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A big and very stylized sci-fi action movie, Tron is definitely worth a watch at least once to those who aren't confused by its complex story and ideas. The most interesting part about it strangely comes from its unique commentary on religion, which might throw some people off to those thinking this is a Star Wars type epic.
A decent film but the effects are very dated and there is not much action throughout.
Back in the days when digitization was tomorrow's creeping threat and computer programmers were modern-day wizards, Disney toyed with those preconceptions in a bold, experimental mixed narrative. Now, nearly forty years later, Tron serves as a curious time capsule and obvious trail blazer, if not a particularly good film. It splits time between two distinct landscapes: the physical world of dim video arcades, outlaw hackers and evil executives, plus a metaphorical digital reality with stylized unitards, neon grids and airbrushed horizons.
The splashy graphics of the latter are what everyone associates with the picture, a jittering display of cutting edge techniques and loud influences that correctly anticipated countless visual trends of the coming decade. Back in grade school, I carried Trapper Keepers that stole, shamelessly, from this movie. Still, with so many years between then and now, nothing else has managed to look quite like Tron. Computer-aided effects have come miles since '82 - most of the big chase sequences, for example, look quaint in a modern light - but it's still memorably one-of-a-kind. By contrast, the storytelling is sluggish and obtuse, a mixed-up dinosaur that slings too many allegories for its own good. Eye candy is nice and all, but when that sugar rush crashes in the second act, the plot is just too convoluted, too concept-heavy, to compensate. That's usually the point where I fall asleep.
Creatively ambitious and highly influential, Tron can't escape its snoozier tendencies. It's a textbook example of style over substance, despite the best efforts of young Jeff Bridges and a talented team of concept artists.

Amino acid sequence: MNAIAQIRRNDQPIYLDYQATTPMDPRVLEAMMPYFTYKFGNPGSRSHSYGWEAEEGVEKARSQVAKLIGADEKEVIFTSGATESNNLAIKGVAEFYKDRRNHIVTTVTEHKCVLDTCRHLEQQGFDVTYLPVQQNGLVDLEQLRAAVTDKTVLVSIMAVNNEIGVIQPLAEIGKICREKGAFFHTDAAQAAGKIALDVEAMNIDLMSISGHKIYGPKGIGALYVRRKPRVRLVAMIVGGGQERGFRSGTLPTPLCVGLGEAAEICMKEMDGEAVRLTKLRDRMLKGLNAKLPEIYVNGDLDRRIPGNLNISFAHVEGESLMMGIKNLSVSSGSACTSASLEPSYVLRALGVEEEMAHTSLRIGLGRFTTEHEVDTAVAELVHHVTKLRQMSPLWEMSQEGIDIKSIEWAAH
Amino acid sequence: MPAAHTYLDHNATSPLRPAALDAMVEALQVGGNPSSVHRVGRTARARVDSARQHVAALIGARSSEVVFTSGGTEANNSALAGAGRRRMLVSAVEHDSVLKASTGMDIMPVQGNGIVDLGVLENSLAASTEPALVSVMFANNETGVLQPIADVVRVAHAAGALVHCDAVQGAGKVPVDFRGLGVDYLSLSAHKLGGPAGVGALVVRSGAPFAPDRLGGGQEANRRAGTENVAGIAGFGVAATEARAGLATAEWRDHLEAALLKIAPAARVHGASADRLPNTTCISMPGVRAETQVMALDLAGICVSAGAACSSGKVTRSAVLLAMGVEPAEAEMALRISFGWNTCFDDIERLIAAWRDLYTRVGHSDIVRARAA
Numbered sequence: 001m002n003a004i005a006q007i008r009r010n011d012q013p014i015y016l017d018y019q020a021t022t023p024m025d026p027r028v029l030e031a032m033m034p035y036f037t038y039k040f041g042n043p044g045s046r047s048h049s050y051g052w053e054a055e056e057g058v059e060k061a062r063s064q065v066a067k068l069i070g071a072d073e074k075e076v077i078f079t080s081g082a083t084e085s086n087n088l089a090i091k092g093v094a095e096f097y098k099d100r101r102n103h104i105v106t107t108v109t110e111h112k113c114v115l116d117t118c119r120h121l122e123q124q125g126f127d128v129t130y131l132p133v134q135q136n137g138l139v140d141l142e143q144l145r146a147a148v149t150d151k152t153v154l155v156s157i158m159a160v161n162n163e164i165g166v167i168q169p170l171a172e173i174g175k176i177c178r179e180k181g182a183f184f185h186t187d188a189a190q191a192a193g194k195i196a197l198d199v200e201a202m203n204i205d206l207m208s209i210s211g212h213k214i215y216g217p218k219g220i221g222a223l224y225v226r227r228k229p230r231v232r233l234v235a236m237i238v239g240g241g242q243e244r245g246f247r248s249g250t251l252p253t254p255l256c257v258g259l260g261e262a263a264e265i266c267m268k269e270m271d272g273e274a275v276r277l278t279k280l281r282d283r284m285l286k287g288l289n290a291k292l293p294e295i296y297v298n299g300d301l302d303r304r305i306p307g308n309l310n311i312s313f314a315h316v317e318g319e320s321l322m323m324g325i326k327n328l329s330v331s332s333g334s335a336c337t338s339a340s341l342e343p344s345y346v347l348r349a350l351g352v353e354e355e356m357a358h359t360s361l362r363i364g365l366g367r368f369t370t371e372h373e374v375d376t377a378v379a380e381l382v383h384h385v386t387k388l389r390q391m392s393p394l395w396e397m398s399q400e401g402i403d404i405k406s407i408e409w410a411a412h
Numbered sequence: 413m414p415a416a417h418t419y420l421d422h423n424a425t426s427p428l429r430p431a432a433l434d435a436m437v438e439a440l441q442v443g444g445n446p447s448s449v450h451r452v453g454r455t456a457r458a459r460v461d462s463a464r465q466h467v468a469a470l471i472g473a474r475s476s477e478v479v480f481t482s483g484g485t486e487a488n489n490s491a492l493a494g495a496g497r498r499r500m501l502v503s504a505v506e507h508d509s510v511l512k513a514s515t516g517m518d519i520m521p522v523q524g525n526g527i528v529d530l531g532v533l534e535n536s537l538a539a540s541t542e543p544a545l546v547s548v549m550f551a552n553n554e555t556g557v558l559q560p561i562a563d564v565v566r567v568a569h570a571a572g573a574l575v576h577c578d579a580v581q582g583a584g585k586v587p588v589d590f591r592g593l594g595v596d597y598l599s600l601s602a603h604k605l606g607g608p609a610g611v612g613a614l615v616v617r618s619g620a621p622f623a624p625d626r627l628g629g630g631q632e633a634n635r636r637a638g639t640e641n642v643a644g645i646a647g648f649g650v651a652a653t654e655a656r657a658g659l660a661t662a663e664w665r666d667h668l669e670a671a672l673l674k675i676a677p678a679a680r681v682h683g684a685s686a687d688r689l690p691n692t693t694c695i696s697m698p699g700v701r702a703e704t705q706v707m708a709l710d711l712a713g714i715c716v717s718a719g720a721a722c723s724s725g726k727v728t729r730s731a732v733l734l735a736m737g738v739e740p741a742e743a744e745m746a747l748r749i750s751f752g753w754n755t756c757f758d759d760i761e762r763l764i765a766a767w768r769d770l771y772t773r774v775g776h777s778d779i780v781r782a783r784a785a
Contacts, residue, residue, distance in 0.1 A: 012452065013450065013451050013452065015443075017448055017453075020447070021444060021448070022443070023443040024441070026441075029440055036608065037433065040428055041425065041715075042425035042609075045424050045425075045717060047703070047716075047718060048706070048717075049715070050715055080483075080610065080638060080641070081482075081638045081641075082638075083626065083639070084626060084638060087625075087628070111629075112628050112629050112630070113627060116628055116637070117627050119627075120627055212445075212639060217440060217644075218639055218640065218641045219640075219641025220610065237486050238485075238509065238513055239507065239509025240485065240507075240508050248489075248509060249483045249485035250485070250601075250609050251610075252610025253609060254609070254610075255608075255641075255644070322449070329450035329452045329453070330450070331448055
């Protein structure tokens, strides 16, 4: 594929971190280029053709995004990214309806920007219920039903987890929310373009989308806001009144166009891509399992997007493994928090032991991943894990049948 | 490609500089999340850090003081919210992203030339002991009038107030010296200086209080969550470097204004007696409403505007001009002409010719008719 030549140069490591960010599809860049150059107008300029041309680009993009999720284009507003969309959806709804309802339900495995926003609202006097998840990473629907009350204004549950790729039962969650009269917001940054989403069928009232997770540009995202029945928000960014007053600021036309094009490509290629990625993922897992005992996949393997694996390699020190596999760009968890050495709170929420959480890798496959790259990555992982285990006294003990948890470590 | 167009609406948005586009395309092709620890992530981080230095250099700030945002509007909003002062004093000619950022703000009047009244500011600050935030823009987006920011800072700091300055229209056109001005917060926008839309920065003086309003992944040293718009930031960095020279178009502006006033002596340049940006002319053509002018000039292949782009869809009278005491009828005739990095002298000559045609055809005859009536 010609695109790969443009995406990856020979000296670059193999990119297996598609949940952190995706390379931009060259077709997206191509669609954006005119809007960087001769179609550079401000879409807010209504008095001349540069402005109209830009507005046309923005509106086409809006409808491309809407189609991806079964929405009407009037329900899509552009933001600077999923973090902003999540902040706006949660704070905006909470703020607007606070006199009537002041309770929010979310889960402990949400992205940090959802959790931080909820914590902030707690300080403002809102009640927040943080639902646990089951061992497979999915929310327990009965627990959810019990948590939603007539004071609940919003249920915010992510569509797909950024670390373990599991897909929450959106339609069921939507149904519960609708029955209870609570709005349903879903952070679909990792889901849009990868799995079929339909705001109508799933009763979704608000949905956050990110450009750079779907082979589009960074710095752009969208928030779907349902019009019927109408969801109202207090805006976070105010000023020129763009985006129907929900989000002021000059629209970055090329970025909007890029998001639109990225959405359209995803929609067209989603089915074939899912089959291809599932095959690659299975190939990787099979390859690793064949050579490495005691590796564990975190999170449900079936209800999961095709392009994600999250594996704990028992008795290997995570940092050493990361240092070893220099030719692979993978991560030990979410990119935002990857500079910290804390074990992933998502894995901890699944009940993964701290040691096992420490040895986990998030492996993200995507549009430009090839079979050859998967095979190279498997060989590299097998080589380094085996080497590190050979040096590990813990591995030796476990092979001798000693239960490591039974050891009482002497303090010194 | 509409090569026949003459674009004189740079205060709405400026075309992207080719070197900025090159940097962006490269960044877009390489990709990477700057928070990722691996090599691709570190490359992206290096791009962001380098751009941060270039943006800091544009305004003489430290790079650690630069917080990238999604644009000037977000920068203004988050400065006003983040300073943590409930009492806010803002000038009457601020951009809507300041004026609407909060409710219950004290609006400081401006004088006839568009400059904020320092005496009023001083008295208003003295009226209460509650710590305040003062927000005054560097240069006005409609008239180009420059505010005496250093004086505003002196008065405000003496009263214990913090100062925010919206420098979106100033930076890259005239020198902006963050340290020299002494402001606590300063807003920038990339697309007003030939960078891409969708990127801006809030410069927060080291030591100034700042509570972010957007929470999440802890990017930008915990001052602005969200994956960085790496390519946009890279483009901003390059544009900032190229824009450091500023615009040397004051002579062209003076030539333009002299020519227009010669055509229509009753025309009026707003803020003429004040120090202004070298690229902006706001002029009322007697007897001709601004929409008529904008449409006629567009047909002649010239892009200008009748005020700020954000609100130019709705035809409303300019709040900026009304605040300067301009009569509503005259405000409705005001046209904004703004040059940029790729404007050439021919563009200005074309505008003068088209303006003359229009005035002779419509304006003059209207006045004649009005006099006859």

Imaginative, groundbreaking, and as entertaining as 1980's science-fiction gets!
Steven Lisberger's science-fiction adventure picture TRON (1982) is groundbreaking for its extraordinarily detailed and innovative practical and special effects. All the neon blues and reds still pop, but my favorite effect is Jeff Bridges' character Kevin Flynn getting scanned into his computer terminal and sucked into "The Grid," which is basically The Internet before there ever was one!
TRON's effects will look dated and old to any viewer now, but you can see how well crafted and interesting to look at that all these vibrant colorful sets and effects remain. I would ask you to imagine seeing this movie for the first time in 1982 before home computers, the internet, cell phones, or video games. All there was were company consoles and arcade machines, which is staggering to think about the sheer creative force of Steven Lisberger and Bonnie MacBird's minds to come up with such fleshed out electric ideas for their highly influential film TRON.
Lisberger's direction is fascinating as he captures your attention with striking 80's visuals in lively neon arcades and sterile company offices. He somehow found a way to convey his complex computer coding concepts to the silver screen with dazzling special effects and intricate layered practical effects. He keeps things moving for a fast 96 minutes with action, adventure, romance, and sci-fi high concepts.
I really enjoy Jeff Bridges as the chill, genius game programer of The Grid and Space Paranoids: Kevin Flynn. He's also the terribly functioning program Clu, which is more of a clue that his character is too free-wheeling and independent to be a subordinate computer program. His desire for vindication for his video game designs is admirable, but it's Bridges' calm attitude and playful stoner vibe that makes Flynn such a nice lead character. Likewise, Bruce Boxleitner is sympathetic as the clever computer programer Alan Bradley with his strong morals and ethics for computer oversight, but we all know him as the voice and body of TRON himself! His distinctly deadpan voice is warm, yet distant. He's perfect as the hero TRON.
I have to say that David Warner certainly earned his paycheck playing 3 different roles in TRON. He is the corporate villain Ed Dillinger with his quiet pouting and shrewd capitalist tactics. He's also the violent program Sark in his majestic tyranny and indignant rage. Lastly, Warner is also the voice of the Master Control Program: MCP!
Cindy Morgan is gorgeous as the sweet scientist Lora, who has wonderful chemistry with Jeff Bridges and Bruce Boxleitner. She's also the supportive program Yori who loves TRON as she shares a lovely scene towards the end of TRON's finale.